07.02.2018 change 07.02.2018

How to be positively manipulated?

Photo: Fotolia Photo: Fotolia

Scientists propose to use mimicry to promote a healthy lifestyle. The influence of imitation is so strong that a good "influence specialist" can not only change your view from neutral to accepting, but also from negative to positive.

Dr. Wojciech Kulesza believes that susceptibility to imitation can help people overcome their aversion to drinks, dishes and dietary supplements recommended by doctors, but avoided due to their unpleasant taste. The psychologist from SWPS University has proven that mimicking can be an important tool for changing attitudes towards healthy, but not necessarily tasty, or badly smelling products such as fish oil, dehydration agents and medicines, as well as food products such as spinach and millet groats.

Cultural mimicry, our tendency to become similar to other people, has been used by enterprises for years. Businesses employ influence specialists in advertising campaigns and exert influence, for example through so-called influencers. But it is not just about showing good examples. Dr. Kulesza's research shows that we are most likely to imitate the behaviour of an "influencer" who ... imitates us. This is not a mistake, influence is a two-way street. To convince us of something, the influencer should imitate our gestures and the way we behave. This will help him gain our sympathy and be perceived as "our guy". This type of relationship quickly leads to understanding and trust. This way of conducting conversations is recommended in business situations.

In biology, mimicry consists in developing similar appearance of some organisms to others, which improves their adaptability and increases their chances of survival. Cultural mimicry helps to instil new ideas in society. A special type of the latter is advertising mimicry.

The issue of mimicry, or imitation of people's behaviour and speech, has been thoroughly investigated by scientists. It has been proven that by imitating someone's behaviour we can gain sympathy of a previously unknown person (to whom we have a neutral approach), and understand each other better. Social psychologist Dr. Wojciech Kulesza conducted a study consisting of two experiments.

The subjects in the first experiment were 20 women and 20 men. The researcher talked to them about sport and their ways of dealing with fatigue and dehydration. At the same time, the psychologist imitated the gestures of some of the subjects. The subjects then received an isotonic drink. The drink has a specific, slightly salty taste, unacceptable to some people. It is designed to equalize the level of water and electrolytes excreted from the body in the process of sweating. These beverages are also enriched with vitamins, mineral salts and carbohydrates burned during physical exertion.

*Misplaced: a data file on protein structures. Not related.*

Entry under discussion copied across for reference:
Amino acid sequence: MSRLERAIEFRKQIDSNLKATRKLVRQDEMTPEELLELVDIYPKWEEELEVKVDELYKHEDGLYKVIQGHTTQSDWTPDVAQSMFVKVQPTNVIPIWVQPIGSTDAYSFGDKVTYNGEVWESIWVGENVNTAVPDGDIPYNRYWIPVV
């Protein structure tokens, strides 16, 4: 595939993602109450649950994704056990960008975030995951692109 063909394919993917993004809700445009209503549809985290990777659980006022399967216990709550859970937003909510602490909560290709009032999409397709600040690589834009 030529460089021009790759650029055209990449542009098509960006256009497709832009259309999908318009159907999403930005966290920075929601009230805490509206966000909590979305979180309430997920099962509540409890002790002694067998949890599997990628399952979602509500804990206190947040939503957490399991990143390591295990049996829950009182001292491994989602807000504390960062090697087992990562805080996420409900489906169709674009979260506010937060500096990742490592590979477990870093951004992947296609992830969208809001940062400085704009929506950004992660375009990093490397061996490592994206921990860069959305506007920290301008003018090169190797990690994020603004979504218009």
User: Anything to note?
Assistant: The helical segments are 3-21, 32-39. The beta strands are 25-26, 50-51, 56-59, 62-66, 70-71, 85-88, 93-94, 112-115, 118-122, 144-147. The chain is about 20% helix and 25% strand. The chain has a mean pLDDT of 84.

The second experiment involved more subjects - 30 women and 30 men. They were informed that the study concerned different methods of dealing with fatigue during physical exertion. They watched a recording in which a woman made gestures such as shaking her foot, smiling, touching her face. The experimenter showed the subjects a photo of a person practicing extreme sports. He asked the subjects how they would fight fatigue and protect themselves against dehydration during sport activities. Then he presented an isotonic drink, discussed its composition and gave it to everyone to try. During the study, the investigator imitated the body language of the subjects: shoulders movements, body tilts, gestures.

At the end of each experiment, the subjects were asked to determine if they would like to try out the drink they tasted and declare the price that they would be willing to pay for this product. It turned out that those who had been imitated had a better opinion of the recommended product. When the investigator replicated gestures of the respondents, they were not only willing to make a purchase, but also declared willingness to spend more money on a healthy but not tasty product.

The scientist proposes to employ influencers in health care. His research may be of interest to pharmaceutical companies and manufacturer of cosmetics who often offer healthy products that have an unpleasant odour or taste.

It turns out that a simple and quick mechanism can affect the perception of the product and, as a result, bring significant health benefits to the imitated person. What's more, the degree of mimicking gestures and behaviours tells a lot about that person's interest in the product. This means that we know what customers think about the product without asking them, just by watching the degree to which they mimic the person who presents the product. According to the psychologist, mimicking can contribute to an increase in the consumption of medicines and foods that are beneficial to our health but have been avoided due to their unpleasant taste or smell.

The results have been published in the journal "Food Quality and Preference". The co-authors of the study are W. Kulesza, D. Doliński, M. Migonc, A. Rizullad, M. Gamian-Wilk and Tomasz Grzyb.

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